• The program started with a modest goal of achieving a blending rate of 5% (5% ethanol mixed with 95% petrol) in petrol, and it has been gradually increased over the years.
  • The Government has 10% blending target for mixing ethanol with petrol by 2022 & 20% blending target by 2030.
  • To promote ethanol production and use, the government has reduced the Goods and Services Tax (GST) on ethanol from 18% to 5%.
  • In the year 2021, of the total 394 lakh tonnes of sugar produced in India, about 350 lakh tonnes were diverted for ethanol production as part of the EBP.
  • The EBP not only reduces the country’s dependence on imported crude oil but also provides an additional source of revenue for the sugarcane industry, as excess sugarcane is diverted to produce ethanol.
  • The program aligns with India’s commitment to reduce greenhouse gas emissions and promote a cleaner and more sustainable energy sector.

Note: Public Sector Oil Marketing Companies (OMCs) have achieved over 10% ethanol blending in petrol during Ethanol Supply Year (ESY) 2021-22. Government has amended the National Policy on Biofuels – 2018 which has advanced the target of 20% blending of ethanol in petrol to ESY 2025-26 from 2030.


About National Policy on Biofuels – 2018

  • The National Policy on Biofuels was released by the Government of India in 2018 to promote the use of biofuels and reduce the country’s dependence on fossil fuels.
  • The policy aims to increase the blending of biofuels in petrol and diesel, encourage domestic production of biofuels, and promote sustainable agricultural practices.


  • The policy seeks to achieve a 20% blending of ethanol in petrol and 5% blending of biodiesel in diesel by the year 2030.
  • It aims to reduce greenhouse gas emissions and promote a cleaner and more sustainable energy sector.

Types of Biofuels:

  • The policy identifies three main types of biofuels: first-generation (1G), second-generation (2G), and third-generation (3G) biofuels.
  • First-generation biofuels are derived from feedstocks like sugarcane, corn, and vegetable oils.
  • Second-generation biofuels are produced from non-food crops and agricultural residues.
  • Third-generation biofuels include algae-based biofuels and other advanced technologies.
  • Feedstocks and Raw Materials:The policy encourages the use of surplus food grains, sugarcane, and other agricultural products to produce biofuels.
  • It promotes the cultivation of non-edible oilseeds and other feedstocks on wasteland to avoid competition with food crops.

Incentives and Subsidies:

  • The policy provides various incentives and subsidies to encourage the production and use of biofuels.
  • It offers fiscal incentives, including exemptions and concessional rates for duties and taxes on biofuels.
  • The policy allows for a higher price for ethanol produced from different feedstocks to ensure remunerative prices for farmers.

Research and Development:

  • The policy emphasizes the importance of research and development in the biofuels sector.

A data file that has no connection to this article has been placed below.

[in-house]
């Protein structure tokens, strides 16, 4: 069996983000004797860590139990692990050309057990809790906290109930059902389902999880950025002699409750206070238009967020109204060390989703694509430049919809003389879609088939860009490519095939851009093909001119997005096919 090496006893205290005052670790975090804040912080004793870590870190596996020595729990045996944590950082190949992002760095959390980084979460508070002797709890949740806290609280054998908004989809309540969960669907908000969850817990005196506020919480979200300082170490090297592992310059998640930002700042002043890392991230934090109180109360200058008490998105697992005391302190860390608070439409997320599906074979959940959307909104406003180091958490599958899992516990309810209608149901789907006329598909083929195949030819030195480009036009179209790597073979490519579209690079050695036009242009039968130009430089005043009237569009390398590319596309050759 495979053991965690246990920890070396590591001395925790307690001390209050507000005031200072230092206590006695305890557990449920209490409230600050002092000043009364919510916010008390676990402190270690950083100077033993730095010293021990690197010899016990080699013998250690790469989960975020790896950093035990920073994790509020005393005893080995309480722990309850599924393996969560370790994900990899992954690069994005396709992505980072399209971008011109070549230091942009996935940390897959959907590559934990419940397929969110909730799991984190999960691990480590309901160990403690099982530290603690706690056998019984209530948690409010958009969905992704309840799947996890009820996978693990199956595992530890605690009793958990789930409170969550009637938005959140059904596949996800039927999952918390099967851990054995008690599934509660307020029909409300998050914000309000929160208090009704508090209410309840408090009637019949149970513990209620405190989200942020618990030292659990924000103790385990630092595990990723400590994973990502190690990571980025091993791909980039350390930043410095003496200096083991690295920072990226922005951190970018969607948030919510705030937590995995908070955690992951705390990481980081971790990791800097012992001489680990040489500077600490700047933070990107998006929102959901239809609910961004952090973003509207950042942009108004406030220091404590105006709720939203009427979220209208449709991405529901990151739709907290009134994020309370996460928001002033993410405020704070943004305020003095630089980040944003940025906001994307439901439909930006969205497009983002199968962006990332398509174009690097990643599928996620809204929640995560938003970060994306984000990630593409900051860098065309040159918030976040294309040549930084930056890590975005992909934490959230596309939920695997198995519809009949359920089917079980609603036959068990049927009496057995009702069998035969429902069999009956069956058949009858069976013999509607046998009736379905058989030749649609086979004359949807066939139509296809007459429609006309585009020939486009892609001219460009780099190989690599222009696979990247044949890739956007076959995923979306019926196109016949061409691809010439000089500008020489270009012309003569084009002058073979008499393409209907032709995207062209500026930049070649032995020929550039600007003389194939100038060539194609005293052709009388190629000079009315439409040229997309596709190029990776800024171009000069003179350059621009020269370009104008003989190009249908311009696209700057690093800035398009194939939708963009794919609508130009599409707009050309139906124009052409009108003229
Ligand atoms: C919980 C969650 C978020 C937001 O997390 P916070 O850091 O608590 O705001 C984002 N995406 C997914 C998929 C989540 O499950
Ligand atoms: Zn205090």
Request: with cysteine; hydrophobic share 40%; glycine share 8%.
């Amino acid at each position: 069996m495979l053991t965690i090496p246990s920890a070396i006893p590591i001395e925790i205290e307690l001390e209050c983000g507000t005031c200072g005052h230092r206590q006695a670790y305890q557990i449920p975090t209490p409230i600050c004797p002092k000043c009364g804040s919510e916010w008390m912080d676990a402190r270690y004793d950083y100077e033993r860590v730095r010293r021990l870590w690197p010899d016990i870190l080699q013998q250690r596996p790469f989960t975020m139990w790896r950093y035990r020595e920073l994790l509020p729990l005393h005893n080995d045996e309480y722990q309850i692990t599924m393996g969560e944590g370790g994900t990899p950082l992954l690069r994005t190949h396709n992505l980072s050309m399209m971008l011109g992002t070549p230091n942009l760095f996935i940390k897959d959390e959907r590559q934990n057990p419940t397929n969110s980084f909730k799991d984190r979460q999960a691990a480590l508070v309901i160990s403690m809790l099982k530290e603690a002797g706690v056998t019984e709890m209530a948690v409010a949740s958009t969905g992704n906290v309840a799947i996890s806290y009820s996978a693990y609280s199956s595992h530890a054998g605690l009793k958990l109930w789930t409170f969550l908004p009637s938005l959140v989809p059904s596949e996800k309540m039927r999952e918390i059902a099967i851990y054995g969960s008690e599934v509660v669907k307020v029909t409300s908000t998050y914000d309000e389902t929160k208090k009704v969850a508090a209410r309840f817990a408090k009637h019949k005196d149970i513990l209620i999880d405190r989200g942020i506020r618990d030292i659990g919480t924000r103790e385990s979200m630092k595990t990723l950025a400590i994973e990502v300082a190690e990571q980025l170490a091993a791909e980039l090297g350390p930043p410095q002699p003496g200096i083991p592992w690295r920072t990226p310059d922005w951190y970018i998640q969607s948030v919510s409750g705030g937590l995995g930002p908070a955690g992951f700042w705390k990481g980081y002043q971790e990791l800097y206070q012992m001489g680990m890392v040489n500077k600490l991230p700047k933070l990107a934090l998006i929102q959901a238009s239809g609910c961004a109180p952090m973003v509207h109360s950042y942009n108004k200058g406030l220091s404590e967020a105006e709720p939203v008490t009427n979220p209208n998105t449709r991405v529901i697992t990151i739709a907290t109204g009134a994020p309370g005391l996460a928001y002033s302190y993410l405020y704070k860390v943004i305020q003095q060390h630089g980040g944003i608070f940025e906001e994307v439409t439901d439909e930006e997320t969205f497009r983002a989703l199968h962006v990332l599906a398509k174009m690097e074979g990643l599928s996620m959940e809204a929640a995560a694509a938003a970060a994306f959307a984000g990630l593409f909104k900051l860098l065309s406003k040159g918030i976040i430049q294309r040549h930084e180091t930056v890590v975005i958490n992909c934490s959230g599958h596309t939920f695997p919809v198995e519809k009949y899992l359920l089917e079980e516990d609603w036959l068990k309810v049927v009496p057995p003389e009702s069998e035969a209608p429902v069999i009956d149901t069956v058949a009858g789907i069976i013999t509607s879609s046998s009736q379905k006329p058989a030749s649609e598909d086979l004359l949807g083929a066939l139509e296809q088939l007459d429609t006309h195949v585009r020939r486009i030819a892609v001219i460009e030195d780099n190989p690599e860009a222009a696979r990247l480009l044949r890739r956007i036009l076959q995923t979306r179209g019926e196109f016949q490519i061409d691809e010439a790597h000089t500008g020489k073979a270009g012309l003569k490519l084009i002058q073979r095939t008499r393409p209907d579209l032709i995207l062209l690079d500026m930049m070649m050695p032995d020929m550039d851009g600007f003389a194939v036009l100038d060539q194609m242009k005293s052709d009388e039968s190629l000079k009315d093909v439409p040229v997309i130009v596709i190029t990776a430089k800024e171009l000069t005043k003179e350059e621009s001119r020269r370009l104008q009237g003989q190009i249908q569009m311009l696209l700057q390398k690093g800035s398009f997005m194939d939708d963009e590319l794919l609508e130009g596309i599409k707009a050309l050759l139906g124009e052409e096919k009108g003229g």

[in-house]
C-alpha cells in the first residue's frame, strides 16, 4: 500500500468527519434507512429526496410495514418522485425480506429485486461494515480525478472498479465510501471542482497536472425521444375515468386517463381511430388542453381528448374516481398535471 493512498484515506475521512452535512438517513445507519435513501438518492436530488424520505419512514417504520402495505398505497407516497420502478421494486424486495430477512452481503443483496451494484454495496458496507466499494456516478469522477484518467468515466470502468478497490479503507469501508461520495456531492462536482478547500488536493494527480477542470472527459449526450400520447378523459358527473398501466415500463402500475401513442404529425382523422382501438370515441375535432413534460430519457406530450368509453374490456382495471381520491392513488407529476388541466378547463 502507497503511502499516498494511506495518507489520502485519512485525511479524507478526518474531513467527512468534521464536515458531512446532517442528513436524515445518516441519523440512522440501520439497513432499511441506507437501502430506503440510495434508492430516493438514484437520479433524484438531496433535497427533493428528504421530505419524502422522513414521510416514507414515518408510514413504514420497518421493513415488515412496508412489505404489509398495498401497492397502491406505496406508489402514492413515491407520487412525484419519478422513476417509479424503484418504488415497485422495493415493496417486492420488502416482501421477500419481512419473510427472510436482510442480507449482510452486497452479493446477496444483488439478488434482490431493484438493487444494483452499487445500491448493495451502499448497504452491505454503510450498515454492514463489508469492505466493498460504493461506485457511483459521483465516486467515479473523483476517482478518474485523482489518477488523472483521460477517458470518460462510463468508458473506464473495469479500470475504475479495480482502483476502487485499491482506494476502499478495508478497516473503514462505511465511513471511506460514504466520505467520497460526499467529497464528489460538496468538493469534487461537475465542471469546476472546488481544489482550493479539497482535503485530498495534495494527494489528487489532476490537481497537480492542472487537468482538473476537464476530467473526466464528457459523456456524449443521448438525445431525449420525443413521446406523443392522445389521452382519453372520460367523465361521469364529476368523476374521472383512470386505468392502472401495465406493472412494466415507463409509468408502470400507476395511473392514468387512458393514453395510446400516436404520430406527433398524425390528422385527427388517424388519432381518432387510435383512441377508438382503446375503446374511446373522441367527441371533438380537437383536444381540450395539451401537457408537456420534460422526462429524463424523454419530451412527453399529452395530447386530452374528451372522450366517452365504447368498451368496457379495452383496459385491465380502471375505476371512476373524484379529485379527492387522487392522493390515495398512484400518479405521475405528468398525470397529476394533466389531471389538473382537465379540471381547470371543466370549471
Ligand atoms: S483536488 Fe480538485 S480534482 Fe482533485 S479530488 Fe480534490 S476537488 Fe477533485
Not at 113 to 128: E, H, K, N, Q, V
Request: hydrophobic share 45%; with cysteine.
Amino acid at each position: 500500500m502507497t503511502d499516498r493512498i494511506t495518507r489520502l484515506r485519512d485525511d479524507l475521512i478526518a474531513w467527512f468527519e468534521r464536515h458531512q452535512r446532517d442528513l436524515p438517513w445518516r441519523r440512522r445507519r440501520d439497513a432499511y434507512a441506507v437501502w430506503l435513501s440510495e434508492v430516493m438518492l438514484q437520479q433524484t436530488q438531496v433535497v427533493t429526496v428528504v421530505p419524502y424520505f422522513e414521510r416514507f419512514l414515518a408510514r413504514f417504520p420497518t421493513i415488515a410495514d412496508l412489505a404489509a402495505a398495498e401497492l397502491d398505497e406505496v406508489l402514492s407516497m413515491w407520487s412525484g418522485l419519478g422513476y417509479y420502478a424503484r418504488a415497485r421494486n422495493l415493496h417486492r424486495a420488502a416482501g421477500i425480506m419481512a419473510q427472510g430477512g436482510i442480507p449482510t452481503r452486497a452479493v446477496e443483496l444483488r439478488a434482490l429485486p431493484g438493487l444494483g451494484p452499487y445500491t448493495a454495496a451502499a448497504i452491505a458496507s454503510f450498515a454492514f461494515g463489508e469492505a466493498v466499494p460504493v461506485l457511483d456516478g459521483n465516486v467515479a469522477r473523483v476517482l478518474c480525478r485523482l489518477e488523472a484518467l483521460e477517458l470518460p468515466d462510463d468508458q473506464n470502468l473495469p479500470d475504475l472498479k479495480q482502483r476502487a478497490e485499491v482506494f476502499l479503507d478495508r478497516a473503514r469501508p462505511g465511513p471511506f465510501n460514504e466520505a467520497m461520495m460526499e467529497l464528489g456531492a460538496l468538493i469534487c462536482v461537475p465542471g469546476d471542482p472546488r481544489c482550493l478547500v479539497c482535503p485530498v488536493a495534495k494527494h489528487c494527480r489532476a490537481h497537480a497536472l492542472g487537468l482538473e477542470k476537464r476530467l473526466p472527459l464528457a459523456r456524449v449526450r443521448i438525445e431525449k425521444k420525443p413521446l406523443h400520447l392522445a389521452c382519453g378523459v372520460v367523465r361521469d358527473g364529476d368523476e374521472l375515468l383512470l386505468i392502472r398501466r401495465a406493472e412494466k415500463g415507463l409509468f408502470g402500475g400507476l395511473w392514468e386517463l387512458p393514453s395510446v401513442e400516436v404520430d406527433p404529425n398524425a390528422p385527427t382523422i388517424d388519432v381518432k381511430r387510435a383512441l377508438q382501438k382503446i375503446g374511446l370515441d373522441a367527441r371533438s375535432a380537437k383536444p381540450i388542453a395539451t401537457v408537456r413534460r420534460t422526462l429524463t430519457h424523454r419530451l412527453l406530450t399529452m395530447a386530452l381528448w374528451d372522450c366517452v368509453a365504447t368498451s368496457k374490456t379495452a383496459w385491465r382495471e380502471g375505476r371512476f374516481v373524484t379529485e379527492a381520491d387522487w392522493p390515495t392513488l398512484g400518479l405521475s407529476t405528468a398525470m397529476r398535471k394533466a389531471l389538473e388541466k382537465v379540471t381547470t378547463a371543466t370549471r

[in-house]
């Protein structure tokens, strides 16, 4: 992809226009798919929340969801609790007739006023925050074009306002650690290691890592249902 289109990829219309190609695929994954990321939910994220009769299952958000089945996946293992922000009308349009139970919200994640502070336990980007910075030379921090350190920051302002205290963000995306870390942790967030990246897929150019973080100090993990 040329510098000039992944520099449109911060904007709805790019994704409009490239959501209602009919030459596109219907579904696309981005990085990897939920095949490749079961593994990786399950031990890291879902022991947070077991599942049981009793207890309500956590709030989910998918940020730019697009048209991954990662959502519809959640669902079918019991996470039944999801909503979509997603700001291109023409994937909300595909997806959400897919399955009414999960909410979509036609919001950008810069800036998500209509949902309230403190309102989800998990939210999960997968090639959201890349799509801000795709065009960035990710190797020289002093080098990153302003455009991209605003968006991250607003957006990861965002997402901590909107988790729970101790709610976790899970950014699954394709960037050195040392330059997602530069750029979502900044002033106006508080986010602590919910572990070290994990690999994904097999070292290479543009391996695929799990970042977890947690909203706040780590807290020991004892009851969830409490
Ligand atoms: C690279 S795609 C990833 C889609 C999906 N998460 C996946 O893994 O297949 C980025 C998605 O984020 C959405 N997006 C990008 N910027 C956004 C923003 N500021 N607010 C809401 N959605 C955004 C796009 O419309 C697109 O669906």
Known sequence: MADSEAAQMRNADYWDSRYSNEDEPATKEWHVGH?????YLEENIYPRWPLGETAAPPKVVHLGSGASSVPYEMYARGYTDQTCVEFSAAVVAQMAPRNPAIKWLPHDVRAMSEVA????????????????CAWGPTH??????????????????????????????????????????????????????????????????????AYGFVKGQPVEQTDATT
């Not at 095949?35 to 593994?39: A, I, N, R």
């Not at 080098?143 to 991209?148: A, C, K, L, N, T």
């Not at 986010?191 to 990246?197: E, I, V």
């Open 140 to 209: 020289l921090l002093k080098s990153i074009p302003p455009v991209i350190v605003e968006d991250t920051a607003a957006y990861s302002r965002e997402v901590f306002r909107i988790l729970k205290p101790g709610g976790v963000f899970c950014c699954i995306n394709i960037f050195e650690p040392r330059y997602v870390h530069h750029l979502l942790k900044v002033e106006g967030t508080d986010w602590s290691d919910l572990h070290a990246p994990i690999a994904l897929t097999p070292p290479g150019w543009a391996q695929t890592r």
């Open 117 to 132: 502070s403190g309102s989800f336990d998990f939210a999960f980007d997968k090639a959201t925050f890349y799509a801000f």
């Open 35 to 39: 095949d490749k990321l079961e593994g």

• It encourages the establishment of research institutions and centers to develop advanced biofuel technologies.

Sustainable Development:

  • The policy focuses on the principles of sustainable development and environmental conservation in the biofuels sector.
  • It promotes the use of biofuels for reducing air pollution and improving air quality.

Blending Targets:

  • The policy sets specific blending targets for various biofuels, such as ethanol, biodiesel, and advanced biofuels.
  • It outlines a roadmap to achieve the blending targets over the next few years.

Implementation and Monitoring:

  • The policy outlines a detailed plan for the implementation of various initiatives under the National Policy on Biofuels.
  • It sets up a monitoring and evaluation mechanism to track the progress and effectiveness of the policy’s implementation.


Source: The Hindu

Rising food prices may affect Inflation

(General Studies- Paper III)

India’s retail inflation in July may have spiked close to or crossed the 6% upper tolerance threshold of the Reserve Bank of India (RBI).

The rise in inflation is due to a broad-based uptick in food prices.

Key Highlights

  • The RBI’s Monetary Policy Committee (MPC) may raise its inflation projections for the ongoing July to September quarter and the full year 2023-24 in its monetary policy review.
  • Consumer price inflation (CPI) rose to a three-month high of 4.8% in June, driven by higher food prices, particularly cereals, pulses, milk, and tomato prices.
  • In July, tomato prices were up almost 176% from a year ago, and tur, rice, salt, milk, and pulses saw an increase of over 10%.
  • Economists expect CPI to settle around 5.8%, with core inflation easing to 5% from 5.1% in June.
  • Rice prices have spiked in the northeast and southern regions, affecting rice sowing due to flooding and poor rainfall.
  • India’s recent non-basmati rice export ban may bring relief to consumers but impacts over 140 countries dependent on its supplies.
  • Higher food inflation may push headline inflation to 6%-6.5% in July and August, with an expected range of 5-6% over the rest of the fiscal year.
  • Edible oils, particularly palm oil imports from Malaysia and Indonesia, could face pressures due to potential El Niño conditions affecting their crops.

About RBI’s Monetary Policy Committee (MPC)

  • The Reserve Bank of India (RBI) established the Monetary Policy Committee (MPC) on June 27, 2016, as part of the framework of inflation targeting in India.
  • The MPC is responsible for setting the benchmark interest rate, known as the policy repo rate, which is the rate at which the RBI lends money to commercial banks.
  • The MPC consists of six members, including three members from the RBI (Governor, Deputy Governor, and an Executive Director), and three external members appointed by the central government.
  • The Governor of the RBI serves as the chairperson of the MPC and has the casting vote in case of a tie.